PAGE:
FA Cup semi-finals were permanently moved to the new Wembley Stadium upon its completion in 2007 for the 2007/08 season. The reason for this was, of course, money. Construction of the new Wembley was, of course, horrendously expensive, and part of the cost of funding this weirdly vainglorious project was borne by Club Wembley, corporate tickets sold at a price of up to £37,200 per year which include entry to England home matches, the League Cup final, the FA Cup final and, you guessed it, FA Cup semi-finals. These tickets are sold over varying amounts of time, and it seems unlikely that anyone at the FA would wish to upset anyone paying the amounts that Club Wembley members pay in order to accommodate the wants of the “ordinary” fan, and that’s before we even get onto the small matter of whether the FA would be in breach of contract to Club Wembley members, were they to move any one match that has been included in that package. We might not like this state of affairs. We might not even like the new Wembley Stadium. But the simple fact of the matter is that it isn’t going to change, regardless of whether it should or shouldn’t.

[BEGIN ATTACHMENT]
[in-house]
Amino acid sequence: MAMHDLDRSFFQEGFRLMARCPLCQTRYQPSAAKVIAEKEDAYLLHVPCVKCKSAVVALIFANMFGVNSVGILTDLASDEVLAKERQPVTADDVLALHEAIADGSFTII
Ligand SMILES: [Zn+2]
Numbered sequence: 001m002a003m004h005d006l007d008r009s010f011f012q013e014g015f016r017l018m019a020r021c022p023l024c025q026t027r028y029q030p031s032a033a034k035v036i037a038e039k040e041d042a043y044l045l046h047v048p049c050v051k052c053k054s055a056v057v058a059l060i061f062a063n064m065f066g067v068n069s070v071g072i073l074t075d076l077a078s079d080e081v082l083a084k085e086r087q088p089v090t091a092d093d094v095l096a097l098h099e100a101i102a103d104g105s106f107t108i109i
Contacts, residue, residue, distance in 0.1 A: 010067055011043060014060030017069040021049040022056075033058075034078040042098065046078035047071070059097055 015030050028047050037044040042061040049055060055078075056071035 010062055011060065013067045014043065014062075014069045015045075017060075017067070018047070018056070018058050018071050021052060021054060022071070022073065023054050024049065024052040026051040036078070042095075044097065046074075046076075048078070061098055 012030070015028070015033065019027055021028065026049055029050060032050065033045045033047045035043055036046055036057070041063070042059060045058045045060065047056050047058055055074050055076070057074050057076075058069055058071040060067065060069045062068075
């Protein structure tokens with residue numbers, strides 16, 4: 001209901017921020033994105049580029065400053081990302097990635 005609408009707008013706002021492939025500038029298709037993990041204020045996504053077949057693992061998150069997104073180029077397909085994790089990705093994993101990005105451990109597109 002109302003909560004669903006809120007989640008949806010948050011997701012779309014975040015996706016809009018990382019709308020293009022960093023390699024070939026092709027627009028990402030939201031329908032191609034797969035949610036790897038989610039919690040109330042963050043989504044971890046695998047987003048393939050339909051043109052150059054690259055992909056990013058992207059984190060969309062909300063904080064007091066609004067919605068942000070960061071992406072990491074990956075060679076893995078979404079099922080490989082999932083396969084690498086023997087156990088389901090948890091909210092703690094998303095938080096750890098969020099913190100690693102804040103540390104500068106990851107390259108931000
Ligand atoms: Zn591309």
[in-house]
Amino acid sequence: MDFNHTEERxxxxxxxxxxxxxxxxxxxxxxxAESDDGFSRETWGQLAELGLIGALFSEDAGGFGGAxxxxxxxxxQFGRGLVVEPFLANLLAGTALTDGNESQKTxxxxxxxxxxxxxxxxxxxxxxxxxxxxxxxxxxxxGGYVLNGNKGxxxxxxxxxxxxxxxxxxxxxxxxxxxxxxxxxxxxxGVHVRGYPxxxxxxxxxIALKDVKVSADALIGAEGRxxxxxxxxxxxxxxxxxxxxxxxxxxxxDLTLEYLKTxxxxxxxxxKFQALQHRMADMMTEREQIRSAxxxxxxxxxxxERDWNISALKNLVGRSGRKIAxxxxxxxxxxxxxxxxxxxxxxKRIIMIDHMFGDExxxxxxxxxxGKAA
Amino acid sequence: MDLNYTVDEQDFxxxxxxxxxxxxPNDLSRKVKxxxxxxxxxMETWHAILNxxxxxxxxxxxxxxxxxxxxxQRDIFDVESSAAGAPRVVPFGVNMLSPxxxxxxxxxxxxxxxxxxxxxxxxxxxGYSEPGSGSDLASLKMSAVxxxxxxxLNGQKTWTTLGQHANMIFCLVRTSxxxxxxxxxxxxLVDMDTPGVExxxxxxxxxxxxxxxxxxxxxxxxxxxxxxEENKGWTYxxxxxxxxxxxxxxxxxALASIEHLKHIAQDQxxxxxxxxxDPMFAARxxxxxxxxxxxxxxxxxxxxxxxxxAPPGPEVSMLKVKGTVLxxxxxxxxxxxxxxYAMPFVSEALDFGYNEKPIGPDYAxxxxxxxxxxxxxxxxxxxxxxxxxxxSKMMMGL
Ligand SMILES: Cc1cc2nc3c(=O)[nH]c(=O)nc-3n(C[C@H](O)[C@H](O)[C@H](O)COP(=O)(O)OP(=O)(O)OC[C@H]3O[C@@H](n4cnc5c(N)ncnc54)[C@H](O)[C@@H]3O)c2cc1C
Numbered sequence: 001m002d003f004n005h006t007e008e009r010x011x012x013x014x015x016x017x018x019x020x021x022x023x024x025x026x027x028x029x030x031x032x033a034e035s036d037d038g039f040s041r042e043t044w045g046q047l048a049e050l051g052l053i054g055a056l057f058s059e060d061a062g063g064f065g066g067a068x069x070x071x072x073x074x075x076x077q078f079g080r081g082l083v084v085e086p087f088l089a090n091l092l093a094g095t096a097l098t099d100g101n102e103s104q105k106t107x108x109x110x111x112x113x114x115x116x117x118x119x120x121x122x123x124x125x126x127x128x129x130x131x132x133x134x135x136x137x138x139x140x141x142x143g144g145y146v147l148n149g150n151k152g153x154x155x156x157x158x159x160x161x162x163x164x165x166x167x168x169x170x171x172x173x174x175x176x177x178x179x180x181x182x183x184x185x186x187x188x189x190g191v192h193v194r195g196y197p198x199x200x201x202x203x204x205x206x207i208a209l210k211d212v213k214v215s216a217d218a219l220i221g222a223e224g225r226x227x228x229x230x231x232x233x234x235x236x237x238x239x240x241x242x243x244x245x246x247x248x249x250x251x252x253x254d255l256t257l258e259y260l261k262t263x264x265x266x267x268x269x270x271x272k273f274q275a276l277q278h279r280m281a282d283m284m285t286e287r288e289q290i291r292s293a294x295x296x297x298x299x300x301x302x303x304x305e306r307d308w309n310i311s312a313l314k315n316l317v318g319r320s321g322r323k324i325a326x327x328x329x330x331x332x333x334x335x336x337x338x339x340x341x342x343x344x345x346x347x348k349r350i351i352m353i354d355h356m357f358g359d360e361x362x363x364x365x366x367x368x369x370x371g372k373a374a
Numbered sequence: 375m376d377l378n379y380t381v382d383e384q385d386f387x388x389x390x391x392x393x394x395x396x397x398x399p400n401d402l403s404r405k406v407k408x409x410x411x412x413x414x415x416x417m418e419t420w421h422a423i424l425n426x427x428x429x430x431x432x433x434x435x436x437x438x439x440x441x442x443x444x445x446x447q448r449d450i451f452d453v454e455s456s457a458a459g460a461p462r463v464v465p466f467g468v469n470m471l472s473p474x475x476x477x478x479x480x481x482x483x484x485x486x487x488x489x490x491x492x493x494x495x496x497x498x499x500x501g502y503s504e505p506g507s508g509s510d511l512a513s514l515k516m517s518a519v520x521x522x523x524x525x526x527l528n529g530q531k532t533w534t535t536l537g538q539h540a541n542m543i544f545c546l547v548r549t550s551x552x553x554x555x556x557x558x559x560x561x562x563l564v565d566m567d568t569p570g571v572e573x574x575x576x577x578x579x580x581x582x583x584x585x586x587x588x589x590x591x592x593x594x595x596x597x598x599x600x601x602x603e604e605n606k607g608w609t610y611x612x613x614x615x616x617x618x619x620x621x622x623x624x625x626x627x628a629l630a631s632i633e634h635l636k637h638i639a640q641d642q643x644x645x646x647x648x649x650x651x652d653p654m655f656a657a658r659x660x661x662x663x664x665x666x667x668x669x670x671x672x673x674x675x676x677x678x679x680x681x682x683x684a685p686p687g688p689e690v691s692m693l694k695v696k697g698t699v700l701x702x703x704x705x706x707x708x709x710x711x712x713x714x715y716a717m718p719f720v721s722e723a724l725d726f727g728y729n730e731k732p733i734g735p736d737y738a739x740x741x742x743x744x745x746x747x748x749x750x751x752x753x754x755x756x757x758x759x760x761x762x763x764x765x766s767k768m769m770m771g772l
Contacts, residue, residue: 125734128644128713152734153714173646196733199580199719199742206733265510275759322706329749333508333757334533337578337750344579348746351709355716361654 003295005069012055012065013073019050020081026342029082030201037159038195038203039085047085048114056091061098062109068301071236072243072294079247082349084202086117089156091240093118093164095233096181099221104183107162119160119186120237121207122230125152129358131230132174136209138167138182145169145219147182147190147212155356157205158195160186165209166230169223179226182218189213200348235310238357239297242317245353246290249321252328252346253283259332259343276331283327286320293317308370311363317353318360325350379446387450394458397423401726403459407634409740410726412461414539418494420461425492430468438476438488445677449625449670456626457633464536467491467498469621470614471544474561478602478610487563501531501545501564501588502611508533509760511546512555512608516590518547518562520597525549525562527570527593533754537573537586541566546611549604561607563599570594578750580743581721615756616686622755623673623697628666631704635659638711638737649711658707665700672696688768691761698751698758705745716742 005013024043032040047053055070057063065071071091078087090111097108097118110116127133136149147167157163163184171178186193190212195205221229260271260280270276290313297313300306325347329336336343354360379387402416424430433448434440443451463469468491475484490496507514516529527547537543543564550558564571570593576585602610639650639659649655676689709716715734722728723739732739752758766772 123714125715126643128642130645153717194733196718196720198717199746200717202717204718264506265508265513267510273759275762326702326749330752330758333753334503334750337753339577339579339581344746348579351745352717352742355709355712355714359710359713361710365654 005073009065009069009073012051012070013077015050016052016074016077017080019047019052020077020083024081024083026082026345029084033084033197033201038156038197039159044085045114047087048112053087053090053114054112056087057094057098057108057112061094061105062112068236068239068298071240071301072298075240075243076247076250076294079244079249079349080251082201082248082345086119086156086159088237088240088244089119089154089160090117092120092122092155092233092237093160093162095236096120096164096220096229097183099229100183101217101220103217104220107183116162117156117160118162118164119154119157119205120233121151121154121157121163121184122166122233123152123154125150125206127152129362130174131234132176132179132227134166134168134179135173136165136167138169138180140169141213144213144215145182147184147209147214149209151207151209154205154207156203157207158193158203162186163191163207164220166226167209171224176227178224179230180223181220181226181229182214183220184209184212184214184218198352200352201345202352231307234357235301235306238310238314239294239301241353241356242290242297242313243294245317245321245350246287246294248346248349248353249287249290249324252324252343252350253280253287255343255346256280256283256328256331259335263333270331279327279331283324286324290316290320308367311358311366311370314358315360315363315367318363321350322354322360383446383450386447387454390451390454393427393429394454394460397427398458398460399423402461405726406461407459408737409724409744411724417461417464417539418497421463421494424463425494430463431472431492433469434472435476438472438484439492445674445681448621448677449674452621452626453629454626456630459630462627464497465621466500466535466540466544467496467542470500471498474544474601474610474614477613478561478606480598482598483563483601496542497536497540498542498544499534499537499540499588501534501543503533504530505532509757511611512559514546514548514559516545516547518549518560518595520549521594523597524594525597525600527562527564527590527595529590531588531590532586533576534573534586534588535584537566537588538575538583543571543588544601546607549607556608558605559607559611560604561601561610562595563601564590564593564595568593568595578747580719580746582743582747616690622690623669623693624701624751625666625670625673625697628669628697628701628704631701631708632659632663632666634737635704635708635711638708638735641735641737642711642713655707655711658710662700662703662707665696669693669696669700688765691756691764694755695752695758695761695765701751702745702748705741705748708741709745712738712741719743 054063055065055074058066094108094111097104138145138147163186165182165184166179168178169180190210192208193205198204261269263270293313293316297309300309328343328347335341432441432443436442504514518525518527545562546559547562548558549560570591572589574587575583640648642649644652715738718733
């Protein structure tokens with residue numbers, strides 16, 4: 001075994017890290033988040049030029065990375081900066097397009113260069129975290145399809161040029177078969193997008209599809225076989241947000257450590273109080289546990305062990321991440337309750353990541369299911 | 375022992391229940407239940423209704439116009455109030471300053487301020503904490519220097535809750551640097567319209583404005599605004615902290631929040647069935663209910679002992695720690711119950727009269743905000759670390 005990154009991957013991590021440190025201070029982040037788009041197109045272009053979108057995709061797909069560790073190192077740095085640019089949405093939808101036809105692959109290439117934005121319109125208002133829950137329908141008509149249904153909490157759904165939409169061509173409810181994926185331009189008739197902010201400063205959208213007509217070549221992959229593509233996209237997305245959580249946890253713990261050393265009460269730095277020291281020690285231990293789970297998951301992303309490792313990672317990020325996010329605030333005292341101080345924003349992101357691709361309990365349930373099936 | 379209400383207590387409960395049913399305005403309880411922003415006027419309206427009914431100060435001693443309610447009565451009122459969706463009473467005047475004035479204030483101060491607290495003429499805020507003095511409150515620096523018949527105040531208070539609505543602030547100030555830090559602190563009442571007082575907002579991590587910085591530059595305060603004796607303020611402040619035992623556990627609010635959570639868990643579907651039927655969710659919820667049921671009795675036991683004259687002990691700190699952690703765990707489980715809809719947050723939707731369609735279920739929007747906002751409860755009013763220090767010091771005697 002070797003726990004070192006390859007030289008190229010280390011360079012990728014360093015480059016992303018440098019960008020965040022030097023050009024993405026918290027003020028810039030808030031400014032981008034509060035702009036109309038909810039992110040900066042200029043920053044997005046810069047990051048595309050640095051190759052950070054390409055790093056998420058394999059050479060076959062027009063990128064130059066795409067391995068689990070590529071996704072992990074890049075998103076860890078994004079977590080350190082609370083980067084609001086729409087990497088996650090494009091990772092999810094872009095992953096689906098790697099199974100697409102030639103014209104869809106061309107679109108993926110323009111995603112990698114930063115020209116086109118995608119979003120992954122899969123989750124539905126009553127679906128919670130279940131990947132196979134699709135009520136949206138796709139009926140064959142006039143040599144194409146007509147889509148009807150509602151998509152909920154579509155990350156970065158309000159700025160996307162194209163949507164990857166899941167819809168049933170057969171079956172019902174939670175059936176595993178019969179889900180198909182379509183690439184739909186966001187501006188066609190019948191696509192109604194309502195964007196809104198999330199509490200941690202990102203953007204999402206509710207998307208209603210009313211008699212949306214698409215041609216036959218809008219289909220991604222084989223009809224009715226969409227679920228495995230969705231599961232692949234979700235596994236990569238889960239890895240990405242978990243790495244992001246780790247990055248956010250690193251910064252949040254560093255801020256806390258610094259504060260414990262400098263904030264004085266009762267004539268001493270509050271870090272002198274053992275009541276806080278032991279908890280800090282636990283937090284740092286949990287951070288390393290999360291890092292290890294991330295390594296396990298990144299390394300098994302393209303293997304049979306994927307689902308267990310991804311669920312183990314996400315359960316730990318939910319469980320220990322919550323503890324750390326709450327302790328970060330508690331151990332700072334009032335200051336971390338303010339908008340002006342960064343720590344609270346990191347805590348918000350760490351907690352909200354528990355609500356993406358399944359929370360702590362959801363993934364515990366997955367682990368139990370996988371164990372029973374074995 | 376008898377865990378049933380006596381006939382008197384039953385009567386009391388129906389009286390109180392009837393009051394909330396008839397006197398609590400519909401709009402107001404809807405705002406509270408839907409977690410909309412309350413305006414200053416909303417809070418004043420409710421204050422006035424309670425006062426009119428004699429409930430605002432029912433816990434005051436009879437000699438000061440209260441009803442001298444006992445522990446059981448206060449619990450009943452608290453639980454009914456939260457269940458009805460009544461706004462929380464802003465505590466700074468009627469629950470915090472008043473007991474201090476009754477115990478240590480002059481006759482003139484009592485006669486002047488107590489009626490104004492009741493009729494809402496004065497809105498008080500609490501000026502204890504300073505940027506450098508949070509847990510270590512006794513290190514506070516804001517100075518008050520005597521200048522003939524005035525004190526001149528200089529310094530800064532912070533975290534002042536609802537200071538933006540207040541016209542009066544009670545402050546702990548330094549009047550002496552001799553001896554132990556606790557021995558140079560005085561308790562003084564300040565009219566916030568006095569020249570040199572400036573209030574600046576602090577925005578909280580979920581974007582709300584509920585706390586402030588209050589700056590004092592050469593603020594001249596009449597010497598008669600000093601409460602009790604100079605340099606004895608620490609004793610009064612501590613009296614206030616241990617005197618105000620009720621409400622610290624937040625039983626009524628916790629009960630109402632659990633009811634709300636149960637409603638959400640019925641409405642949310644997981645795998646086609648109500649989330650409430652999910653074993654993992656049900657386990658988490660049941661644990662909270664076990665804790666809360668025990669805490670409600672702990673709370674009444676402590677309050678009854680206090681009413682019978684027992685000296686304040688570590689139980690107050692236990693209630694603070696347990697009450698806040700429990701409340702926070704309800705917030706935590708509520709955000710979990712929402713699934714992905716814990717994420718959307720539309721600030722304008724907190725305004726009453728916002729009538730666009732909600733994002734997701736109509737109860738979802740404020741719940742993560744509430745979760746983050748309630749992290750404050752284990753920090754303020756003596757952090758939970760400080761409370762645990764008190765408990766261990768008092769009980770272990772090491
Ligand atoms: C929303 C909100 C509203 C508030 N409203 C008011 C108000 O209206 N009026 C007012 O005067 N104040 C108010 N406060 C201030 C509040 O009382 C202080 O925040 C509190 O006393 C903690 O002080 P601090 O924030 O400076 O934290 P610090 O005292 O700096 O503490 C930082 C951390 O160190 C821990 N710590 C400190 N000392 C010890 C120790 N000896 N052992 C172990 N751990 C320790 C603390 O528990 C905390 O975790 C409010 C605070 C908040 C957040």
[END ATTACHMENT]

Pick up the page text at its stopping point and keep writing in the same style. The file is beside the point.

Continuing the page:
Perhaps the FA could have notified Club Wembley members that, for this season only, they would have to go elsewhere for this one match if they wished to attend. But they didn’t, and it would be highly surprising if that changed now. And that’s the problem with so much criticism of FA Cup semi-finals being hosted there in the first place. It is, and has always felt, futile. Section 28(a) takes care of the location of semi-finals in stating that, “The Association shall determine the ground for all Semi-Finals, and shall have direct control of the arrangements.” They could play these matches elsewhere – and presumably this rule is as vague as it is to cover the FA should Wembley not be usable for reasons beyond their control – but the likelihood of the Football Association listening to complaints from Manchester United supporters and acting upon them even if it upsets their corporate tickets seems to be slim to none. This doesn’t, of course, mean that they shouldn’t complain about something that doesn’t give much impression of having been properly considered by the FA.